Watchdog with UCS: Join the Movement to Stand Up for Science
Attacking federal scientists. Censoring scientific data. Gutting science-based safeguards. These are just a few of the many ways the Trump administration and members of Congress have made clear their disregard for the role of science in our democracy.
The stakes are high—but the UCS Science Network, tapping into the growing energy in the scientific community, is committed to the fight.
Now more than ever, we need scientists to stand up for science! That’s why the UCS Science Network is leading a campaign for scientists and experts to join together in watchdogging for science.
How watchdogs can defend science
The Science Network serves as a home for scientists and other experts to connect, build advocacy skills, and use their expertise for the public good. The Science Network Watchdogs are more than 670 members who, in the aftermath of President Trump’s election, are doing more to defend science—in their local communities, at the state level, and nationally.
Science Network Watchdogs are using their knowledge and passion to push back on attacks on science, and to push for science-informed solutions. Watchdogs are speaking to the media, delivering testimony and public comments, reporting on missing data, creating sign-on letters to officials, exposing misinformation on social media, showing up at town halls, and building relationships with their legislators’ offices.
Winter Season Actions
Personalized stories can help protect science in the budget
As you read this, your legislators are in in the thick of the federal budget process, which is a critical moment when anti-science politicians can sneak in proposals that gut science-based safeguards or cut down critical federal scientific programs that uphold public protections.As a scientist or technical expert, this is the most opportune time for you to educate your senators on just why it's so pivotal to keep science-based programs funded and oppose attempts to sneak in policies that attack science's ability to inform decision-making. Here are three ways to help:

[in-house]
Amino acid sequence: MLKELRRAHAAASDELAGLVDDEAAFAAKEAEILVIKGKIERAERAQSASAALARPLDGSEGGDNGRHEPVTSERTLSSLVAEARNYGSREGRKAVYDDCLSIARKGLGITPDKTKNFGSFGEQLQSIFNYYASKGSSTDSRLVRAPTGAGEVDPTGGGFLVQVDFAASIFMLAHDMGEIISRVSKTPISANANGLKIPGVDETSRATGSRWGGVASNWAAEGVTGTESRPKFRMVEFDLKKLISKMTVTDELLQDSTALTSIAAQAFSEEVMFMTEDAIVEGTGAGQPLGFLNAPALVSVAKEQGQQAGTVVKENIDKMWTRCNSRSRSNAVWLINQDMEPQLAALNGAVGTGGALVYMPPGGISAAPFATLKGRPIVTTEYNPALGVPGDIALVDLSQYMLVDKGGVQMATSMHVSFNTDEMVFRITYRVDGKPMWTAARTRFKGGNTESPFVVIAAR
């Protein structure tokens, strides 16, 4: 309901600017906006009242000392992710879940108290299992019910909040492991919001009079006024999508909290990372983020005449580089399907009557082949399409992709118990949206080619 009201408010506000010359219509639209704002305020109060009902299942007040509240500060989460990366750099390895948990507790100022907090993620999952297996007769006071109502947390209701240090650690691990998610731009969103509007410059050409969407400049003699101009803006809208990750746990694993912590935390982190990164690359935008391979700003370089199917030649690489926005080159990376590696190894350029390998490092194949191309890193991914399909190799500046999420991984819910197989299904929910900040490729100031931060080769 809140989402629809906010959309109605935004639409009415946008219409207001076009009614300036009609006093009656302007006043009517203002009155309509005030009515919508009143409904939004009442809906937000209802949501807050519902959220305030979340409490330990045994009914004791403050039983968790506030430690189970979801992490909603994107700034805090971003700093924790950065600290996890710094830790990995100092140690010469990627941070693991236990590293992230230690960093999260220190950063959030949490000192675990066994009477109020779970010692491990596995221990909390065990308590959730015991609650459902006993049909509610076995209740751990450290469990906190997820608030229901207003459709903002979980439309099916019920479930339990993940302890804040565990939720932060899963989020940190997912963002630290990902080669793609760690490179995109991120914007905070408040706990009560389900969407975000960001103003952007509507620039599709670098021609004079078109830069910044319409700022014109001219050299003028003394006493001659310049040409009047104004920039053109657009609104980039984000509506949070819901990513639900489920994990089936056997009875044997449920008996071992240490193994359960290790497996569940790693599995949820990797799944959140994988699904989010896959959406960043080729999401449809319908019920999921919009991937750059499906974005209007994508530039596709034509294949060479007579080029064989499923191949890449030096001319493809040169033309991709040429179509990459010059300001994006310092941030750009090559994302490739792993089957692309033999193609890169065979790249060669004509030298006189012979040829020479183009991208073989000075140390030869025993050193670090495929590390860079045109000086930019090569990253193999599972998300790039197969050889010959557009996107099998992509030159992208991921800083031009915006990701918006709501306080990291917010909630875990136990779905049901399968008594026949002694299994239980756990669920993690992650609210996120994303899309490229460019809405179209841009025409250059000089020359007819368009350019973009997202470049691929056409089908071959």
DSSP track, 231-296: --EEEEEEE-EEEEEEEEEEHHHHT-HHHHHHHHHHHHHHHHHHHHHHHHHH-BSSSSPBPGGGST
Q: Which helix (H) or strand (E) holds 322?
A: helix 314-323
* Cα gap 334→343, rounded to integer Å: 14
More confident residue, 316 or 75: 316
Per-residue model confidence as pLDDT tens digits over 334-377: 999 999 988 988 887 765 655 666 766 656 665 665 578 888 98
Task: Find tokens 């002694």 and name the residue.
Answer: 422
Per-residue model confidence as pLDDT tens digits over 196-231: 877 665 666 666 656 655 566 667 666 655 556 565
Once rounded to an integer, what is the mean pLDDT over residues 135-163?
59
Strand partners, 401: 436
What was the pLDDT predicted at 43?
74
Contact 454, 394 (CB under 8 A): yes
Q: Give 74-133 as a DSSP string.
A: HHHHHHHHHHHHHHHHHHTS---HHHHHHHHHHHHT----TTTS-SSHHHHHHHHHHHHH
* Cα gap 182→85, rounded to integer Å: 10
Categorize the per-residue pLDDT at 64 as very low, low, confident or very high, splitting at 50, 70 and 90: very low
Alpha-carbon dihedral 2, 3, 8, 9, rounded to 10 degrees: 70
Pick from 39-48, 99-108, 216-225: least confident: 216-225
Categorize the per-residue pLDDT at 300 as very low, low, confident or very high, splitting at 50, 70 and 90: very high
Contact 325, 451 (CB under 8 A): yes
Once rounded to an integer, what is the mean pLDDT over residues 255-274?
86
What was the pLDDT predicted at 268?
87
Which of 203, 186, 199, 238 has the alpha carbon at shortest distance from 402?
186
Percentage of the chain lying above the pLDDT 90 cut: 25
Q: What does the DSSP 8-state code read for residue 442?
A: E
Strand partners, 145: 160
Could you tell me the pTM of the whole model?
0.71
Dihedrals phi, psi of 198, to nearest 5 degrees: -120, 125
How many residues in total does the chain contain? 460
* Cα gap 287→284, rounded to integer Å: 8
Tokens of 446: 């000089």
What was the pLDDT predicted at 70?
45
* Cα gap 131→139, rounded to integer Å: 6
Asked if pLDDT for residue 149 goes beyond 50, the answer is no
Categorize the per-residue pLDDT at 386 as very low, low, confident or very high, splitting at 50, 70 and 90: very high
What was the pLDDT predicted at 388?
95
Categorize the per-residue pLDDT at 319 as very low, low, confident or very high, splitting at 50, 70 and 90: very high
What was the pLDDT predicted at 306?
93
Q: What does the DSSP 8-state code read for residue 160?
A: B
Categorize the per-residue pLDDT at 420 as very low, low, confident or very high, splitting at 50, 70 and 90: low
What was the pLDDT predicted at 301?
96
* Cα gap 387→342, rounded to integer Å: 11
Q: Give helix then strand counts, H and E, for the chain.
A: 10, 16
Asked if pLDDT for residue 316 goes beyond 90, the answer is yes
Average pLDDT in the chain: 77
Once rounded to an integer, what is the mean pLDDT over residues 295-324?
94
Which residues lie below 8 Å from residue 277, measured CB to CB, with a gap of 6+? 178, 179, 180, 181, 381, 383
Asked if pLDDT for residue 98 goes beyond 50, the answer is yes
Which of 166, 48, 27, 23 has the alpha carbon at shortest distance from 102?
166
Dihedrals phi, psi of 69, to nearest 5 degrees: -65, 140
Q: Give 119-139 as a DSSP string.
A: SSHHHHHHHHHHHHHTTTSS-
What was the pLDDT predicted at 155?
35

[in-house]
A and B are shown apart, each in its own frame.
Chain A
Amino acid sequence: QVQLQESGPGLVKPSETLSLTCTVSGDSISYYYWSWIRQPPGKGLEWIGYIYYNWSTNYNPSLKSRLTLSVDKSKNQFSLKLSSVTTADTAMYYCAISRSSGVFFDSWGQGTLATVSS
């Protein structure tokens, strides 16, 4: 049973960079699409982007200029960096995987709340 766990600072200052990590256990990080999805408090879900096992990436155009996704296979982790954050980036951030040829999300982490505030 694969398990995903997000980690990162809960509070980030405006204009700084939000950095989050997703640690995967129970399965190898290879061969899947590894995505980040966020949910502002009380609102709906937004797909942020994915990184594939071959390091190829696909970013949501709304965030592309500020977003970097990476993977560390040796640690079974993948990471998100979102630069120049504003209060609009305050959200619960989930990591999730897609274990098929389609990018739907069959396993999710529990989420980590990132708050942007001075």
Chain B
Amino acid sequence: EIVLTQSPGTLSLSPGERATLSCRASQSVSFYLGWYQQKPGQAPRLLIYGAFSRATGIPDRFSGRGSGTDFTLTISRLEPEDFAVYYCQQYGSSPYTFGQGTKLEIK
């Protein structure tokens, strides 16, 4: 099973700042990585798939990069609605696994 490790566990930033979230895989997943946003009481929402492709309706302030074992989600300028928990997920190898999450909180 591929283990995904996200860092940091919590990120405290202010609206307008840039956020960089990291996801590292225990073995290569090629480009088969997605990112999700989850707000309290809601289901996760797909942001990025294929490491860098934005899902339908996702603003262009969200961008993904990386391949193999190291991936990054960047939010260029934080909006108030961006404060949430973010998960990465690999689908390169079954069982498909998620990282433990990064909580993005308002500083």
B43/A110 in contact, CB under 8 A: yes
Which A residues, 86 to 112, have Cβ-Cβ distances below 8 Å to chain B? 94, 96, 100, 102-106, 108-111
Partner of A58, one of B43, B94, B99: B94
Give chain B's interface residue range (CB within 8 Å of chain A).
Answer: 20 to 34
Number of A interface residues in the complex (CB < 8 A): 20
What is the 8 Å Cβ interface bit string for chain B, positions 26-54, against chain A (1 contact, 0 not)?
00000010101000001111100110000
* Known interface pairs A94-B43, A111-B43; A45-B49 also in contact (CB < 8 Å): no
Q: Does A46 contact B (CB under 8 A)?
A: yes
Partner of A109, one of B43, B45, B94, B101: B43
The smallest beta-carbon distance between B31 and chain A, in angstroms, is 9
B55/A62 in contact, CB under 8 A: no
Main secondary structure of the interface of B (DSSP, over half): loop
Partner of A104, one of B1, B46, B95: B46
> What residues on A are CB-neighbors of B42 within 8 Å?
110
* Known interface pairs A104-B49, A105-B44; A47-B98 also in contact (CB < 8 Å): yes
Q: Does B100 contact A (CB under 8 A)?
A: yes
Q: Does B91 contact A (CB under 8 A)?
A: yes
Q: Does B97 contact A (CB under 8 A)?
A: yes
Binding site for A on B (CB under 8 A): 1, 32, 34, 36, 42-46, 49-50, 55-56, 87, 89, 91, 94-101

- Join other Science Network members throughout the country to write a personalized letter that spotlights the local impacts of your state to call on your legislators to protect science in the federal budget. (See our handout with letter writing tips, a template, sample talking points for you to build on with examples of local impacts to your state or field of research.)
- Want to have a greater impact? Deliver your letter in person at a local office via an in-district meeting—our how-to guide for visiting a nearby office will make it easy. And, if you have questions or want further guidance, email us and we’ll personally follow up.
- Want to get involved, but not a fan of writing? Call the local office of your senators and talk to them about protecting science in the budget.
The tools and support to get involved
The Science Network Watchdogging campaign offers ways to stay informed and connected, opportunities to take action both nationally and locally, and tools and resources for scientists to boost their influence and effectiveness. Sign up to become a watchdog, and get updates on resources like these:
- Bi-monthly online conferences (like this one) give Watchdogs a chance to connect and get news on the latest threats to science.
- LinkedIn and @SciNetUCS Twitter communities offer scientists a place to connect, support each other, and share news, resources, and opportunities.
- Seasonal, skills-building webinars build your strength in science communications and advocacy.
- The Science for the Public Good Fund provides needed financial support to Science Network Watchdogs planning local campaigns.
For more watchdogging resources and opportunities, check out our Watchdog Toolkit page.
Scientist watchdogs in action
Science Network Watchdogs are making a difference right now:
- Check out blog posts from retired USDA scientist Mike Haas and disaster-prevention researcher Joyce Levine on the indispensable value of federal research free from political interference.
- Scientists are helping to prevent bad bills like the Regulatory Accountability Act (RAA) from passing in the Senate. Watchdogs have organized more than 10 meetings with legislators, made hundreds of calls, and published letters in local newspapers to remind them that the RAA would undermine the science-based process for public protections—with serious consequences for the health, safety, and environment of their districts.
- Read this op-ed that was placed in Montana newspapers spotlighting the real dangers of the RAA to children’s health.